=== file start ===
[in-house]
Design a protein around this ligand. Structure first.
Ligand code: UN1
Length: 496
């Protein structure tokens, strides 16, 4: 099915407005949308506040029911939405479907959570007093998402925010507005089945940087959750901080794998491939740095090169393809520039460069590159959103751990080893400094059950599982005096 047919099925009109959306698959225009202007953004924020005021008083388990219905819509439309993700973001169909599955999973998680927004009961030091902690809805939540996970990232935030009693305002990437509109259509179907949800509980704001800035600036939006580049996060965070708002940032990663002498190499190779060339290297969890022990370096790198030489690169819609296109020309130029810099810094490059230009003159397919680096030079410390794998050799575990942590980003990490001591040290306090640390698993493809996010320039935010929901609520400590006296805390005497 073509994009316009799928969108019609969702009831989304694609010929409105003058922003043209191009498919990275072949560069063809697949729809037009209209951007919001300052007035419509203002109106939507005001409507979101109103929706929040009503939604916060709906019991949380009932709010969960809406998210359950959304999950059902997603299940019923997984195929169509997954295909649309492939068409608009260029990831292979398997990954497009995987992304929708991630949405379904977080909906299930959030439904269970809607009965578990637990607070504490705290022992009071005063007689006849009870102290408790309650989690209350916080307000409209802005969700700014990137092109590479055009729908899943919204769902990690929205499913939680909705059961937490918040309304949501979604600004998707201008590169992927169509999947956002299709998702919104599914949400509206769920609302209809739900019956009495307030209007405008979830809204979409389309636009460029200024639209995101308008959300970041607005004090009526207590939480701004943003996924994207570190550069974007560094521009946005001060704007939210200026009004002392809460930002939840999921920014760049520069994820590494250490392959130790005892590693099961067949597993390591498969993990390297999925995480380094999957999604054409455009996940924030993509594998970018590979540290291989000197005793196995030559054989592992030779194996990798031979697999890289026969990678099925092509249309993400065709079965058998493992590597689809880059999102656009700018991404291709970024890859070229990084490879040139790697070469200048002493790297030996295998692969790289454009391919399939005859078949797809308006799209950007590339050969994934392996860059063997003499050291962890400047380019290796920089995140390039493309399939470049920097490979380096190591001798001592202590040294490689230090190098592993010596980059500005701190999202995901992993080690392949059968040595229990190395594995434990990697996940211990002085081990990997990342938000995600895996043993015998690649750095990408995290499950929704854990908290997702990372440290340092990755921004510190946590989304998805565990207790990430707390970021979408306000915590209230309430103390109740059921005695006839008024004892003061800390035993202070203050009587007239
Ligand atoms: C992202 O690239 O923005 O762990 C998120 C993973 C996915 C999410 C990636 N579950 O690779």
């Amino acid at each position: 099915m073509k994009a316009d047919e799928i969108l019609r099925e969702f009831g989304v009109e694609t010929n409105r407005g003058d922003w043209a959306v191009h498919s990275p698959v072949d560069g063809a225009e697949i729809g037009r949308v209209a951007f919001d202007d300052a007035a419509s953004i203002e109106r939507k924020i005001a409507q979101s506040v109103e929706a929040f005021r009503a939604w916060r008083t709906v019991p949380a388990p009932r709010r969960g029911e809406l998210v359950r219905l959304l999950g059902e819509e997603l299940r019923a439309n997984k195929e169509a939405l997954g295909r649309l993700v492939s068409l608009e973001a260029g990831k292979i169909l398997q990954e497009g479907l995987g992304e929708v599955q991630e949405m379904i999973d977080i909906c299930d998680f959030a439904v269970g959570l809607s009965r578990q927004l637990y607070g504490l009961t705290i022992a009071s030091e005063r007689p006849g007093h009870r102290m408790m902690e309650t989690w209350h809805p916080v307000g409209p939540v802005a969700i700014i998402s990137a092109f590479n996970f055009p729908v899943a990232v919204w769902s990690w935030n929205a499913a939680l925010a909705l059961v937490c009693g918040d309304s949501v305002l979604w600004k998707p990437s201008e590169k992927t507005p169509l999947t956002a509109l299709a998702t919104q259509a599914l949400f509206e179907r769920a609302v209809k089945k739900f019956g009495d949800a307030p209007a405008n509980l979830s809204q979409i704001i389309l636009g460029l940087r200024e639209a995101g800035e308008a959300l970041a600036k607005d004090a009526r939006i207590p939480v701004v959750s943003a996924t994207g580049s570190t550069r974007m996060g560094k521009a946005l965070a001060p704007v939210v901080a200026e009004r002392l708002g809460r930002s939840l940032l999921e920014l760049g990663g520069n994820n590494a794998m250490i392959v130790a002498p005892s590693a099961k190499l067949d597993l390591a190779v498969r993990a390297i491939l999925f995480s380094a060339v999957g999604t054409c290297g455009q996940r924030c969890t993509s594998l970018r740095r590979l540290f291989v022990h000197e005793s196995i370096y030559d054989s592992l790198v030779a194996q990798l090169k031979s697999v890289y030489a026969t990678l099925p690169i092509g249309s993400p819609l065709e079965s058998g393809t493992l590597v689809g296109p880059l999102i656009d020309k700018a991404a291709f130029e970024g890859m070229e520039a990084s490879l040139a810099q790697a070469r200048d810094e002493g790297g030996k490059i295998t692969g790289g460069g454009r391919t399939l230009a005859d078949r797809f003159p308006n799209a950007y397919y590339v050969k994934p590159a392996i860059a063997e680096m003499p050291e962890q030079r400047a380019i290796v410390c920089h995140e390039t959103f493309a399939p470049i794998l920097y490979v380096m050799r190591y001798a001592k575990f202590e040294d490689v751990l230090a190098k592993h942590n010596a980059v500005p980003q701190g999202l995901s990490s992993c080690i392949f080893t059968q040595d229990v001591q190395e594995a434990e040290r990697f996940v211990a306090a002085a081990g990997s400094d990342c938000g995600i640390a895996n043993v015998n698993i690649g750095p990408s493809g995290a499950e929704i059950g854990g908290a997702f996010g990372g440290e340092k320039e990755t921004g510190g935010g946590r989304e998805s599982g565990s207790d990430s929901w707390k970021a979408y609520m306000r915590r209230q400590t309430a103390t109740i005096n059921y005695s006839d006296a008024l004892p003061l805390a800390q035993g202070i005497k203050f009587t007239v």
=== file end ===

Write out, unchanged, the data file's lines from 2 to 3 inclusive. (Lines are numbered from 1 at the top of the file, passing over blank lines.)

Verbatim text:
Design a protein around this ligand. Structure first.
Ligand code: UN1